Zimbabwe’s first lady, Grace Mugabe, has returned home from South Africa after failing to turn herself in to police in Johannesburg to face charges of assaulting a model in a hotel room.
There was no immediate public comment on Tuesday on the case from Grace, 52, a possible successor to her husband President Robert Mugabe, 93, who has ruled Zimbabwe since 1980. But Zimbabwe government sources confirmed she had returned home.
“Yes, she is back in the country. We don’t know where this issue of assault charges is coming from,” a senior government official told Reuters news agency on condition of anonymity.
A second official also confirmed to Reuters that Grace had returned, saying “she is around now” and accused the news media of a plot to tarnish the first family’s name.
Earlier, South African police had been negotiating with Grace’s lawyers to get her to turn herself in to face charges of assault, a senior police source said.
Twenty-year-old Gabriella Engels told South African news media that Grace attacked her after the model had gone to see the Mugabes’ sons Robert and Chatunga at a hotel in Johannesburg’s Sandton district on Sunday.
Confusion surrounded the case on Tuesday. Fikile Mbalula, South Africa’s police minister, said early on Tuesday that Grace had already handed herself in to police and would appear in court shortly.
But in the afternoon, the magistrates’ court where Grace had been expected to be formally charged closed for the day without her appearing.
The police source said Grace had originally agreed to hand herself over at 10am local time (12:00 GMT) but failed to do so.
The source said police were investigating a charge of assault with intent to do grievous bodily harm.
Asked if Grace was now considered a fugitive, the source said that was not the case at this stage.
“One cannot be a fugitive for not appearing at a court to which they have not been summoned and when they have not been charged of any crime!” Jonathan Moyo, Grace’s close ally and Zimbabwe’s higher education minister, said on Twitter.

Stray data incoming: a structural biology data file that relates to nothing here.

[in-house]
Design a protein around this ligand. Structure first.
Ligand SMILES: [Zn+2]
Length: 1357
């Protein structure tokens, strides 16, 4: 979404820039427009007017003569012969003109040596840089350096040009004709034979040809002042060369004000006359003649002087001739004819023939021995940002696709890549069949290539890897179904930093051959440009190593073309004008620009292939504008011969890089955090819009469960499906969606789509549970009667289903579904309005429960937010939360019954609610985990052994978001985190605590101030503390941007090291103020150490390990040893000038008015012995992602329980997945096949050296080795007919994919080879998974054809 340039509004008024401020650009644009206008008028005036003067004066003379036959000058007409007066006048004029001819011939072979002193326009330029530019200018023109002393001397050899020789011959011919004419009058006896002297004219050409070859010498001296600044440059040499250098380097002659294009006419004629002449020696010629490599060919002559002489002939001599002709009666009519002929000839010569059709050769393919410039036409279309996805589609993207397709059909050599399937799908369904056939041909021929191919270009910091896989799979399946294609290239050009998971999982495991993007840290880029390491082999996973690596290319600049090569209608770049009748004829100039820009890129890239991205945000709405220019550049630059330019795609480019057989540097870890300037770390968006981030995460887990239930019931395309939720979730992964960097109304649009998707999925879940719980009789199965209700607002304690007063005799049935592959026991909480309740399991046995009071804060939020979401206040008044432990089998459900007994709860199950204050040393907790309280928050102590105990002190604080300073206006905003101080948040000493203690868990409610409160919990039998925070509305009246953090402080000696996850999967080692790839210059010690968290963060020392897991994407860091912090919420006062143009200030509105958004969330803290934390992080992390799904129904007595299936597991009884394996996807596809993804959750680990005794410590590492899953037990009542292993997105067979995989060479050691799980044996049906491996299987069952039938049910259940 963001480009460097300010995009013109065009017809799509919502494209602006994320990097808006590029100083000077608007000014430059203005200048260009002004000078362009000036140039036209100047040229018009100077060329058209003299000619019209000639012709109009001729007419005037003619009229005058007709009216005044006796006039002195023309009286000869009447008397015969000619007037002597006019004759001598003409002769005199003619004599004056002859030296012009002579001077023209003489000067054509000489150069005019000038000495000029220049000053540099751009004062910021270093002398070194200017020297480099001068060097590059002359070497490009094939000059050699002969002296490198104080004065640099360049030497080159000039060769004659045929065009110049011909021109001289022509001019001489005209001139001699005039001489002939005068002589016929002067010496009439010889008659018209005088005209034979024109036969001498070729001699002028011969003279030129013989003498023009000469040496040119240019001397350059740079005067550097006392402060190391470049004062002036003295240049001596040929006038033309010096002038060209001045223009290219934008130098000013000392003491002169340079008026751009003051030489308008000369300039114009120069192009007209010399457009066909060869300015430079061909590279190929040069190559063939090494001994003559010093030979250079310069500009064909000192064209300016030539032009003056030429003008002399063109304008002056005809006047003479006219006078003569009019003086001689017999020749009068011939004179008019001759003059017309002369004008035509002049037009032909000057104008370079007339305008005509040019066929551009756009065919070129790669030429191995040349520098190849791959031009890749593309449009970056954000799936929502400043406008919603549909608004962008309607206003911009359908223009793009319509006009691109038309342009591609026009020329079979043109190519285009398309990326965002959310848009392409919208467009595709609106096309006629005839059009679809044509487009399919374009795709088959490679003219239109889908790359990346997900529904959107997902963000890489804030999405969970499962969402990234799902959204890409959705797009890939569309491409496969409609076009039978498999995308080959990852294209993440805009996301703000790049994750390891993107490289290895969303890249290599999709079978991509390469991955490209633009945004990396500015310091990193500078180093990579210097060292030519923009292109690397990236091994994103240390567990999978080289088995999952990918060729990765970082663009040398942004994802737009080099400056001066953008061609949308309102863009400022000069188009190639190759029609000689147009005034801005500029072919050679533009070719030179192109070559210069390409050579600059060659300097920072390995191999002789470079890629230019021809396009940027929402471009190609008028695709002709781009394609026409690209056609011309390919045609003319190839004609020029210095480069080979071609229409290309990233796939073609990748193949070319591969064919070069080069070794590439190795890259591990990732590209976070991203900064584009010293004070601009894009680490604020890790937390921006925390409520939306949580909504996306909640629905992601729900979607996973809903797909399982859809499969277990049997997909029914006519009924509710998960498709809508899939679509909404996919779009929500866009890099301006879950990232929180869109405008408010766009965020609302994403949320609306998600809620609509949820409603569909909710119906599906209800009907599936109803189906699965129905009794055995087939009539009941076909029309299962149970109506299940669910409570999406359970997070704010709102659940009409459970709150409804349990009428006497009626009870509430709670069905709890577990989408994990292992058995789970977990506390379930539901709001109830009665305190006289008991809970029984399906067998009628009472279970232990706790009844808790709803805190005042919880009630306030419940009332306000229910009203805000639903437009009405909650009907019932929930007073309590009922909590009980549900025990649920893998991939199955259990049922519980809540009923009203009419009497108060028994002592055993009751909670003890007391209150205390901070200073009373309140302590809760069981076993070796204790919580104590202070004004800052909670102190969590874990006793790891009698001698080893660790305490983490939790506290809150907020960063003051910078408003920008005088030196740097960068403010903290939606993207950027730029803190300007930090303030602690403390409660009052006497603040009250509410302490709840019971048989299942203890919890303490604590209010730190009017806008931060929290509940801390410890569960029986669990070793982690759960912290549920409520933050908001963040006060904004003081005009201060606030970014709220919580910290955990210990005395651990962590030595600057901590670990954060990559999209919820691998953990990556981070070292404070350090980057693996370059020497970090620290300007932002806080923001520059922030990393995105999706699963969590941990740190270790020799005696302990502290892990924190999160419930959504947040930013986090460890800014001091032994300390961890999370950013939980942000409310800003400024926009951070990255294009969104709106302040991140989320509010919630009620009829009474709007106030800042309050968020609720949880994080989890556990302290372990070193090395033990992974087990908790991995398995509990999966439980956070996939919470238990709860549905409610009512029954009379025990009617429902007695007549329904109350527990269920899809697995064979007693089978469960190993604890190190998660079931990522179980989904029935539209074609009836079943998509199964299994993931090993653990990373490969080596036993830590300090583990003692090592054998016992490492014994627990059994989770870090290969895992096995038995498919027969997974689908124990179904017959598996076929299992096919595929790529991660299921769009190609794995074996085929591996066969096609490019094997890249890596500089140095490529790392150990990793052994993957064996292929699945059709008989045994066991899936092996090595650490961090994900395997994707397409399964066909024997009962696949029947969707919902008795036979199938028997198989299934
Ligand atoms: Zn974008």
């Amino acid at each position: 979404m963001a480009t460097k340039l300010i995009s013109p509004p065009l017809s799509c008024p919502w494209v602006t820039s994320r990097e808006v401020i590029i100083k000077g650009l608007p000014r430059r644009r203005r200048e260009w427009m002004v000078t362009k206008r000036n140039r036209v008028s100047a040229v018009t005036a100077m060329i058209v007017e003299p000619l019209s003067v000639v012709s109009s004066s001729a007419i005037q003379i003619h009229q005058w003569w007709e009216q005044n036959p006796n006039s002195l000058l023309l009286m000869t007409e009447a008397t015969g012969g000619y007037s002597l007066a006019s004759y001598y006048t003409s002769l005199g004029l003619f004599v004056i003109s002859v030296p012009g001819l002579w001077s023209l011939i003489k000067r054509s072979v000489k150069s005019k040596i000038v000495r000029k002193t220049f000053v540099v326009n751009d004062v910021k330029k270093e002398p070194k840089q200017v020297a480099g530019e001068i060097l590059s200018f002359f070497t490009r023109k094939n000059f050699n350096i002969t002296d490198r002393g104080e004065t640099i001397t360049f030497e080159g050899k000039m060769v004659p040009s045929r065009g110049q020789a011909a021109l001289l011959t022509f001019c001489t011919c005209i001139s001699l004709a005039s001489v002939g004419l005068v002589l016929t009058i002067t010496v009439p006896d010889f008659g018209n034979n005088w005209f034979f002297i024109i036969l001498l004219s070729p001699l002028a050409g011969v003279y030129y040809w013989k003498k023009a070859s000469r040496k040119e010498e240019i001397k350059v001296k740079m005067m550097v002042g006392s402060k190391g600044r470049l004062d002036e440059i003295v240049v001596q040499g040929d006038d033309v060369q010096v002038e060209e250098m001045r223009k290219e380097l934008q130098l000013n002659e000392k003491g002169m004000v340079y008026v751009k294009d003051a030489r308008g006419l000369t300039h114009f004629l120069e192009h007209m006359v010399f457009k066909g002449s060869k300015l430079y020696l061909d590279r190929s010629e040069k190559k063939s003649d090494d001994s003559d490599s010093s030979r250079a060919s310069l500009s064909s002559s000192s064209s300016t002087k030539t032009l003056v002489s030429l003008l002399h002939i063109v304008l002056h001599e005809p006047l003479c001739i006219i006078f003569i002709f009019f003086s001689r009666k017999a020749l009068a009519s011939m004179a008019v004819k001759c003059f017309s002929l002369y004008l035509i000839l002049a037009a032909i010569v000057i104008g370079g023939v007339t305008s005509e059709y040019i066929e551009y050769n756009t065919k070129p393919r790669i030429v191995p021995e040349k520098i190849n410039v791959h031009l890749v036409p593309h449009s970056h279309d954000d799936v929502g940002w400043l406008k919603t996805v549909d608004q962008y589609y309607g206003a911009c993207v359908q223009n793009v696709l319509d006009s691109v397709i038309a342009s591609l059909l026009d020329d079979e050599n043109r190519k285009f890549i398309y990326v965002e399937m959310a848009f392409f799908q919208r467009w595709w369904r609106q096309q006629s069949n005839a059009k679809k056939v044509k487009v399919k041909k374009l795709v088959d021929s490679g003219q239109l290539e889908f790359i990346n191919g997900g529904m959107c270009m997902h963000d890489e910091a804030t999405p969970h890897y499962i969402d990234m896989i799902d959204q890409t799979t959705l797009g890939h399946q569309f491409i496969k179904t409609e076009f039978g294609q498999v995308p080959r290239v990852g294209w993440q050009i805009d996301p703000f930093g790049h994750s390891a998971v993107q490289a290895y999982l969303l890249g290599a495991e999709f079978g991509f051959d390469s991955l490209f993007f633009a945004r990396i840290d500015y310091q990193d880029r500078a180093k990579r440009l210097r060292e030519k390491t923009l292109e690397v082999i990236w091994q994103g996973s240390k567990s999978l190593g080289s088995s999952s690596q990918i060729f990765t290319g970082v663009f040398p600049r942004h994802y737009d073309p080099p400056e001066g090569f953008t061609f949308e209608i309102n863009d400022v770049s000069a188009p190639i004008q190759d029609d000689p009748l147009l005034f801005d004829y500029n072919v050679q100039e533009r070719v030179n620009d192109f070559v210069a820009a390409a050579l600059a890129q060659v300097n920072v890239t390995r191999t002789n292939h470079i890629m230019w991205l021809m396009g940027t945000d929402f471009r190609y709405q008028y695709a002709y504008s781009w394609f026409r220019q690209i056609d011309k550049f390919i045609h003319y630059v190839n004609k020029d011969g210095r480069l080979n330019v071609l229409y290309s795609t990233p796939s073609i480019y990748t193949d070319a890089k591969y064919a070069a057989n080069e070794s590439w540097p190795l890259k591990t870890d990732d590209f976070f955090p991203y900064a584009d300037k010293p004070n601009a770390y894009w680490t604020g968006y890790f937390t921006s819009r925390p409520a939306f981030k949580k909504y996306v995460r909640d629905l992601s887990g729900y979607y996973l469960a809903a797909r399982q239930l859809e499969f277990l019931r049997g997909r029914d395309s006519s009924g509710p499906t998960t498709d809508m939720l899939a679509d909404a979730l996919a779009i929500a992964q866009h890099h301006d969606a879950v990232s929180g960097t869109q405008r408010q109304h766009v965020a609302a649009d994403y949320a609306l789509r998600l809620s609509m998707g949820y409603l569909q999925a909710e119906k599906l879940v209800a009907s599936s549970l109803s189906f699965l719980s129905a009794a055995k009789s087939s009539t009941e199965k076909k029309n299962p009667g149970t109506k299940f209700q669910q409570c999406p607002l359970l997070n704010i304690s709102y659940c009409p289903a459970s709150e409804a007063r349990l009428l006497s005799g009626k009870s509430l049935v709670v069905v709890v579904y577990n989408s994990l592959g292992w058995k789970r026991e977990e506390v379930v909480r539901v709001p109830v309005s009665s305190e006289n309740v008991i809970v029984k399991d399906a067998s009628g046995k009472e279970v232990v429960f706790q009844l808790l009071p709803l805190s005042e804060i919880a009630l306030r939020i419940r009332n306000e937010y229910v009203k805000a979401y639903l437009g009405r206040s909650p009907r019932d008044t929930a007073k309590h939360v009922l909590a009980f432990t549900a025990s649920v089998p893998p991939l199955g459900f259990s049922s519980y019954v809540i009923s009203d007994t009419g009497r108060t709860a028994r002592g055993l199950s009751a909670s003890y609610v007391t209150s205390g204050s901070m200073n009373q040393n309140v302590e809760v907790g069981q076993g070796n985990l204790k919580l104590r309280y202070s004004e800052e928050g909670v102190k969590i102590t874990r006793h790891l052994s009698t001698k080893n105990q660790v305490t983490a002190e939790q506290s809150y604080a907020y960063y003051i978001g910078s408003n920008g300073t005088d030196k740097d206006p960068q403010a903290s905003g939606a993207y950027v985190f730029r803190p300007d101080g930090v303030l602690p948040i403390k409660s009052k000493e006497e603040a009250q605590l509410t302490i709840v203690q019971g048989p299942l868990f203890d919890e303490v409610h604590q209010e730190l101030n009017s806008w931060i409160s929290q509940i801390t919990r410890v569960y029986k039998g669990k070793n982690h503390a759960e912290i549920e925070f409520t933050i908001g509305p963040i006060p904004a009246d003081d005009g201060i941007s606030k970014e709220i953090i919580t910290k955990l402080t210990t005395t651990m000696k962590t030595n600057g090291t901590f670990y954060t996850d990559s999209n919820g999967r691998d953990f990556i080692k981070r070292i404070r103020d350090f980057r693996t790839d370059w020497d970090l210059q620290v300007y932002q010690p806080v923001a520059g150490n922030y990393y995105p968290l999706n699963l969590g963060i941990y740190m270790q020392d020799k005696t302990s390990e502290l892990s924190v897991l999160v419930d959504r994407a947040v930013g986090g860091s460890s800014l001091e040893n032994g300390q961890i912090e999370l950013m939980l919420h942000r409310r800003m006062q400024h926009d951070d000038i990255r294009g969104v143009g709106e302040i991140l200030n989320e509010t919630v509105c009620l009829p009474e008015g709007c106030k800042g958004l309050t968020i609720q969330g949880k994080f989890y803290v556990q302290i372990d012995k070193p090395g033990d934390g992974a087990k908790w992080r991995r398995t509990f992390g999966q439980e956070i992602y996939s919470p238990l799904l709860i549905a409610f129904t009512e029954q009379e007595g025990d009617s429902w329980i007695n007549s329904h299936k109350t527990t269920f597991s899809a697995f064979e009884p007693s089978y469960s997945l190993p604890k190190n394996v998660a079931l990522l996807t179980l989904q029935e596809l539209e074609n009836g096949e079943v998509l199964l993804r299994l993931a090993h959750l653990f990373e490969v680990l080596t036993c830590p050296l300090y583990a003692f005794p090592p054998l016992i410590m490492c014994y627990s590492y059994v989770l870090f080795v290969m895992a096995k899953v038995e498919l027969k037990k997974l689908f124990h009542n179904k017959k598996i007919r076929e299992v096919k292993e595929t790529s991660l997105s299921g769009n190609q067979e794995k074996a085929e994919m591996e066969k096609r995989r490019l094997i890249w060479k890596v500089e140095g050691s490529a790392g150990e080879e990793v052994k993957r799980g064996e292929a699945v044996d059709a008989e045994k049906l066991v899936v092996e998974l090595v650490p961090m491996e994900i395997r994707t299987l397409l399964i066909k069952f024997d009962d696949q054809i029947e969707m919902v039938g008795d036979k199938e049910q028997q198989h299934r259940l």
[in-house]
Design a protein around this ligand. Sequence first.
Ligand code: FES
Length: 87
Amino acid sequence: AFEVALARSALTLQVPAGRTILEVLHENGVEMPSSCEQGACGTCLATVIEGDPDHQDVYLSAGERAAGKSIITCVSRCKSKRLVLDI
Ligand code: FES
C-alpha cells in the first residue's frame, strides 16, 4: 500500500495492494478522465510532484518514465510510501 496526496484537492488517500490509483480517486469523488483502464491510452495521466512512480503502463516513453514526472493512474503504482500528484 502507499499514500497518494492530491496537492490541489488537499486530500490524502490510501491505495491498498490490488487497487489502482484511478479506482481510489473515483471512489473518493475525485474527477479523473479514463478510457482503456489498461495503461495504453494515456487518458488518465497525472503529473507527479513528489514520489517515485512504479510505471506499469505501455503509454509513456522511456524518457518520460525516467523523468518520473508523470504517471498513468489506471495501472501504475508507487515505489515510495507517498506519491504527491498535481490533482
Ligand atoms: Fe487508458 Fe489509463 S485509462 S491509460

South African news media said Grace had been in the country to have an injured foot examined. It was unclear whether she was travelling on a diplomatic passport.
On whether she could be arrested despite having diplomatic immunity, South Africa’s Mbalula said: “All those implications will be taken into consideration.” He then added: “She will be charged.”
A Zimbabwean intelligence source said Grace had been travelling on an ordinary non-diplomatic passport and was in South Africa on personal business.
The News24 website quoted Engels’ version of events in the hotel room. “When Grace entered, I had no idea who she was. She walked in with an extension cord and just started beating me with it,” the model said.
“She flipped and just kept beating me with the plug. Over and over. I had no idea what was going on. I was surprised … I needed to crawl out of the room before I could run away.”
News24 published a picture of what it said was Engels with a large gash in her forehead. “I am a model, with this scar over my face my whole career is ruined,” she said.
It was unclear what triggered the incident.
Mugabe’s two sons were kicked out of the Regent luxury apartment complex in Sandton last month after an incident in the middle of the night, staff at the complex told Reuters.
Imelda Fincham, Regent’s manager, did not elaborate but confirmed the pair had left. “They’re no longer here,” she said.
In 2009, a press photographer in Hong Kong said Grace and her bodyguard had assaulted him. Police there said the incident was reported but that no charges were brought.
President Mugabe spoke at a public event marking Defence Forces Day in Harare on Tuesday, but did not mention Grace.
Grace was in the news in late July when she challenged her husband to name his preferred successor.
The issue of who will succeed Mugabe has deeply divided Zimbabwe’s ruling ZANU-PF party.
One faction supports Grace and the other Vice President Emmerson Mnangagwa, who is recovering in a South African hospital after he fell ill and was airlifted from Zimbabwe.
Grace has taken on a larger public role in recent years, speaking regularly at meetings to drum up support for her husband and heading the women’s league of the ruling ZANU-PF party.
In speeches this year the president has often slurred his words, mumbled and paused for lengthy periods.
His reign has been marked by brutal repression of dissent, mass emigration, vote rigging and a sharp economic decline since land reforms in 2000.
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